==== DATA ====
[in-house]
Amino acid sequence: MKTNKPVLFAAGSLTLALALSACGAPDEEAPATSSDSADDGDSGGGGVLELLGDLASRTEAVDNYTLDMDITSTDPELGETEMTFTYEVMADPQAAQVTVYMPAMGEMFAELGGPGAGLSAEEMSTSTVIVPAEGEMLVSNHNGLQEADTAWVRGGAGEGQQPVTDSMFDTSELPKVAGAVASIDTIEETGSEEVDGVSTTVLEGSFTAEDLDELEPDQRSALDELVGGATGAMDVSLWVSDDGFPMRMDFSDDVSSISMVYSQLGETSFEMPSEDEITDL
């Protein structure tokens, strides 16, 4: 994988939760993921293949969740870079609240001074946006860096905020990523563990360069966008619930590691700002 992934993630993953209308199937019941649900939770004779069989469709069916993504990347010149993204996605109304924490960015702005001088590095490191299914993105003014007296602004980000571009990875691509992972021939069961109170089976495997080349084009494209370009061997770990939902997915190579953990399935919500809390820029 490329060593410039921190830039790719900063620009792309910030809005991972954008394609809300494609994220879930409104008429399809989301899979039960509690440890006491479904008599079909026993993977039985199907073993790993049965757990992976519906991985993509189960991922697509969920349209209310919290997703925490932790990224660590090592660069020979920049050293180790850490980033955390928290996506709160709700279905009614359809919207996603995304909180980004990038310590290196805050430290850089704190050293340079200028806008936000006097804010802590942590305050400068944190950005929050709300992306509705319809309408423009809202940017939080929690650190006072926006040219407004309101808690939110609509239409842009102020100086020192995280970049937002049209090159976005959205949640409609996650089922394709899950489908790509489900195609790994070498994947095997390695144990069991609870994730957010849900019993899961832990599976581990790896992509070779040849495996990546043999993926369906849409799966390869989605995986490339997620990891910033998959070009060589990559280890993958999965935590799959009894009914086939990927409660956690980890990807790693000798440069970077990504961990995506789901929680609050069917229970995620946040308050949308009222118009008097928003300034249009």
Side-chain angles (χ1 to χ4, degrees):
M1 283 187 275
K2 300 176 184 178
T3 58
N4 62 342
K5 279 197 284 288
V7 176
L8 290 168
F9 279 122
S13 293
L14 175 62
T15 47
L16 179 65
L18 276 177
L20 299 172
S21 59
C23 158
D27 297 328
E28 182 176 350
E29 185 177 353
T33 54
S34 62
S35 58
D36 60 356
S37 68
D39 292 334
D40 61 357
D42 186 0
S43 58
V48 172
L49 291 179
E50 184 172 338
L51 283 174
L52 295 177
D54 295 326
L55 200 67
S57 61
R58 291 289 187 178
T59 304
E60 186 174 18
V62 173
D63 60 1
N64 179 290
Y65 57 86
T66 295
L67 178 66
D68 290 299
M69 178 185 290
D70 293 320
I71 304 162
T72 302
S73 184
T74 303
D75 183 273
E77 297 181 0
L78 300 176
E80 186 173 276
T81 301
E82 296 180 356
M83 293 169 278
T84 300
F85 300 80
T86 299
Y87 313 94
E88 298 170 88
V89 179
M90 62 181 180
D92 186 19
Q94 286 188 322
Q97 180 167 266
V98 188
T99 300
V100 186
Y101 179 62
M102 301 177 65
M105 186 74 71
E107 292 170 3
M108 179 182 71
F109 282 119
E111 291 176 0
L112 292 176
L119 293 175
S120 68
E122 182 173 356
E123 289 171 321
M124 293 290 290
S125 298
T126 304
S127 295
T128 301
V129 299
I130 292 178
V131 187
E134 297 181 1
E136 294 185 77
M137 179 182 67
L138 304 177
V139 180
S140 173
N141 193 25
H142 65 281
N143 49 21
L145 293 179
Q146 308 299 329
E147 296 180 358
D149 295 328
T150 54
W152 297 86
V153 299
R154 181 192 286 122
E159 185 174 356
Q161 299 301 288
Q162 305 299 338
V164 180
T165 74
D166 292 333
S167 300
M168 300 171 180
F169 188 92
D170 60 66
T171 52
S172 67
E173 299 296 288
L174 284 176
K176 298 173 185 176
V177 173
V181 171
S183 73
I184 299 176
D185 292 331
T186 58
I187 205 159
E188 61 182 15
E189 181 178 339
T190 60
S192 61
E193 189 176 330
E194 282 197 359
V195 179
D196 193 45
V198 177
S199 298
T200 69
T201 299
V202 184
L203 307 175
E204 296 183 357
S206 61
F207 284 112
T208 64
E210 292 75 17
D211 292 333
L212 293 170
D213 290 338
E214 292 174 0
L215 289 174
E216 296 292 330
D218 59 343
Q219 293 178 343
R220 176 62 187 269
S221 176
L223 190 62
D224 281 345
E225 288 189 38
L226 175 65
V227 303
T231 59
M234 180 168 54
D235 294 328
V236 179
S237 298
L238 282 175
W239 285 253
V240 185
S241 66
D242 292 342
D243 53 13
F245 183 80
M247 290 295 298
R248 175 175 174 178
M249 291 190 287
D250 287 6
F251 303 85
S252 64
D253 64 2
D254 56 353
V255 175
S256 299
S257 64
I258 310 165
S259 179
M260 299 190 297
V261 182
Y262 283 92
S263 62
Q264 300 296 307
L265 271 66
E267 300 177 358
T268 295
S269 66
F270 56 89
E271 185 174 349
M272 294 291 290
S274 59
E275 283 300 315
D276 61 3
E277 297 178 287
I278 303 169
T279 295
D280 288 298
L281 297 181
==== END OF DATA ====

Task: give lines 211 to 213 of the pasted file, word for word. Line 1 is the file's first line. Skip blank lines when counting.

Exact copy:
I278 303 169
T279 295
D280 288 298